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When the first rock vocal group who’d always harbored simultaneous dreams of pop acceptance decamped at stuffy major label Columbia Records after ruling the roost at independent National Records, you feared the worst.

Surely Mitch Miller, Columbia’s erudite producer who had no love of rock, was going to steer them firmly in a pop direction and then wonder why their popularity fell off even though they were on more well-heeled label.

Well, their popularity DID indeed drop once they got to Columbia and it was surely in part their own fault – flooding the market with releases, then not promoting any of them – but while their music did begin to get compromised thanks to Miller’s meddling, The Ravens were still independent minded enough to bring their own songs to the table and sing them in a fashion that not even Mitch could ruin.


Why Can’t I Lose?
The failure of The Ravens to maintain their commercial success upon arriving at a much bigger record label was the kind of thing that the major companies couldn’t figure out for the life of them.

They felt they had better facilities, better producers, access to better musicians and better material along with more money, a broader network of distributors and a healthy “partnership” with radio and nightclubs, all of which meant that plugging ANY competent artist into their system was bound to result in bigger sales, more exposure and wider acclaim.

Yet they failed miserably with rock acts in late 1940’s and early 1950’s.

They’d ignored the tastes of young Black America for so long they didn’t have the structure in place to get the records of the few rock acts they DID start to sign into the areas where they’d do the most good. Even if they could manage to do so, the distinctive red and gold Columbia label had no cache in the Black community because of the company’s total disregard for this culture over the years so most would pass it by without even looking at the artist’s name.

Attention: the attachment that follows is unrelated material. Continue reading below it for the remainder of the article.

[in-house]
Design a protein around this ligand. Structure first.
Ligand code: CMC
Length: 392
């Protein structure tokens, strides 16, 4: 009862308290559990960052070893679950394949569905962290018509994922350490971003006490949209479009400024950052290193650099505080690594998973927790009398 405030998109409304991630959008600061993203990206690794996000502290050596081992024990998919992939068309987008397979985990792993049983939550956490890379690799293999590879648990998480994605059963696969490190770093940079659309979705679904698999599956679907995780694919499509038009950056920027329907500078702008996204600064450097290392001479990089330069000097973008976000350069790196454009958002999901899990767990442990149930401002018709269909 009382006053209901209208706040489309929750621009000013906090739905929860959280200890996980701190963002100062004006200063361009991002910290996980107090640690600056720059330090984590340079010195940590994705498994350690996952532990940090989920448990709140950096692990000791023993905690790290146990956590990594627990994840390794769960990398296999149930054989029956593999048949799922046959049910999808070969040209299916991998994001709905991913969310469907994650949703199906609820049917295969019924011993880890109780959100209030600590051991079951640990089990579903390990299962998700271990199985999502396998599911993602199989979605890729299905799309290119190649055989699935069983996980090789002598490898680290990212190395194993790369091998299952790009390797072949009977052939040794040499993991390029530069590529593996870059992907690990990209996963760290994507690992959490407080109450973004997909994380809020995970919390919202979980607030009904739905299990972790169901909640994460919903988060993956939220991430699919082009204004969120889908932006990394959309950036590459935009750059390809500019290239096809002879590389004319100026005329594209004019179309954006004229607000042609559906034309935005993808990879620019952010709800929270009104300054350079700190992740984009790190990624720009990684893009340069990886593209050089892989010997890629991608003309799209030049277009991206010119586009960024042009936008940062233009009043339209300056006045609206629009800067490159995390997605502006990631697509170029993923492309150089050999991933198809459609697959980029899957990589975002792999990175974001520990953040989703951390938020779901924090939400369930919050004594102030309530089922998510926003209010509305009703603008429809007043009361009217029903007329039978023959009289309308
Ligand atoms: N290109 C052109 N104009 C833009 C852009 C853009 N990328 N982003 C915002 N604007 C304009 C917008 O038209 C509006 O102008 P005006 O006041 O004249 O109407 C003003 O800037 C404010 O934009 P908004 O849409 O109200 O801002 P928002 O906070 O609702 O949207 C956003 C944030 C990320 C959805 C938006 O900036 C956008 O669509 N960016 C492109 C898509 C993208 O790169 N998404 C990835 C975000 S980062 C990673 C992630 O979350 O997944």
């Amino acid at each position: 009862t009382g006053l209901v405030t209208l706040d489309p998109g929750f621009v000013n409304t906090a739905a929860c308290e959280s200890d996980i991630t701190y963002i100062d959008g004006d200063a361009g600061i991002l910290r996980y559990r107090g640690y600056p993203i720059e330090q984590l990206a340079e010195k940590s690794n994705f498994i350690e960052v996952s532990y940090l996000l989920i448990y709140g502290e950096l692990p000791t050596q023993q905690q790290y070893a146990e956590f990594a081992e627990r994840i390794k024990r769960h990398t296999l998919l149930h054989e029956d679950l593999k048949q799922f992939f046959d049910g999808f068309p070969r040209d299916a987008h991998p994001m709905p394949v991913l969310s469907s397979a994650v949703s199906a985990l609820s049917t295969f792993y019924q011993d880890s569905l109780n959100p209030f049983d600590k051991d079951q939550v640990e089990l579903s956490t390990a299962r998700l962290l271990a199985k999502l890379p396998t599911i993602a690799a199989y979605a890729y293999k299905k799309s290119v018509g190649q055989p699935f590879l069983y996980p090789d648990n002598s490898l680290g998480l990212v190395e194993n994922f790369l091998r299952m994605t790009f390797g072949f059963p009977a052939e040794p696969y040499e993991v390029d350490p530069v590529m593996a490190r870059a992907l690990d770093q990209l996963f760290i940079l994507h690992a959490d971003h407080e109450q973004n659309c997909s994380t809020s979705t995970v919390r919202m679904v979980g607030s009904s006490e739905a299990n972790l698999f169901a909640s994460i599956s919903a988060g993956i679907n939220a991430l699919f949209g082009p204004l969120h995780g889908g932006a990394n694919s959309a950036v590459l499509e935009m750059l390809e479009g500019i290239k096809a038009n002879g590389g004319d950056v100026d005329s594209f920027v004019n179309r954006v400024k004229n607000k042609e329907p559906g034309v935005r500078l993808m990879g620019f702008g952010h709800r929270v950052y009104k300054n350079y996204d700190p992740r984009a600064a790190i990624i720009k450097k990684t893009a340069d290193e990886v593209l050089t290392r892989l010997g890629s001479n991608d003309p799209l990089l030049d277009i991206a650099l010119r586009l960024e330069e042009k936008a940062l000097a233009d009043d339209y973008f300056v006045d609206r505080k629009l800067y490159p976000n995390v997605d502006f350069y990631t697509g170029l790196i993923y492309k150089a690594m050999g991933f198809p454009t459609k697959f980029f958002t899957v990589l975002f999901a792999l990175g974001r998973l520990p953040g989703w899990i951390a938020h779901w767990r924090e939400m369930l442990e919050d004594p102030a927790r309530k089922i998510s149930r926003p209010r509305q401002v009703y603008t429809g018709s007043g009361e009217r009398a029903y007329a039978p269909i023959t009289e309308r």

Now add to the fact that the people they employed, starting with Miller didn’t know what made this music appealing and had no respect for those qualities when they did find out, meant that even when they cut legitimately good songs like Midnight Blues with strong appeal to their core audience, The Ravens found themselves caught between a rock and a hard place because they’d thrown their fate in with the oldest and most conservative of record companies.


Where You Want Me
Any time Jimmy Ricks was at the controls, both as a singer and a songwriter, you at least knew the mindset behind the record was going to be right. Whether that meant they were in for a smoth ride was another thing altogether.

While the group would consistently pursue pop directions when tenor Maithe Marshall was on lead – including the flip side of this one, the insipid You Don’t Have To Drop A Heart To Break It – the fact is none of their pop sides ever found success. Though some may be exquisitely sung (while others are mawkish and artificial), the simple fact is The Ravens wouldn’t have left any mark on music history if they pursued that direction exclusively.

As rockers on the other hand they left a veritable crater in launching the entire rock vocal group style and in how they utilized Ricky’s bass voice out in front with a string of faster paced records that were suggestive without being obscene, playful without veering into novelty and as well sung as anything on the market.

All of that is evident on Midnight Blues, an uptempo lament about Ricky’s late night problems which center around him losing his girl who predictably left on the midnight train (to Georgia perhaps?). Apparently he’s okay during the day but starts to unravel as the moon comes up – though I’m sure you can guess at least one other reason for his despair over being alone between dusk and dawn – but no matter the cause he’s pretty dejected over it.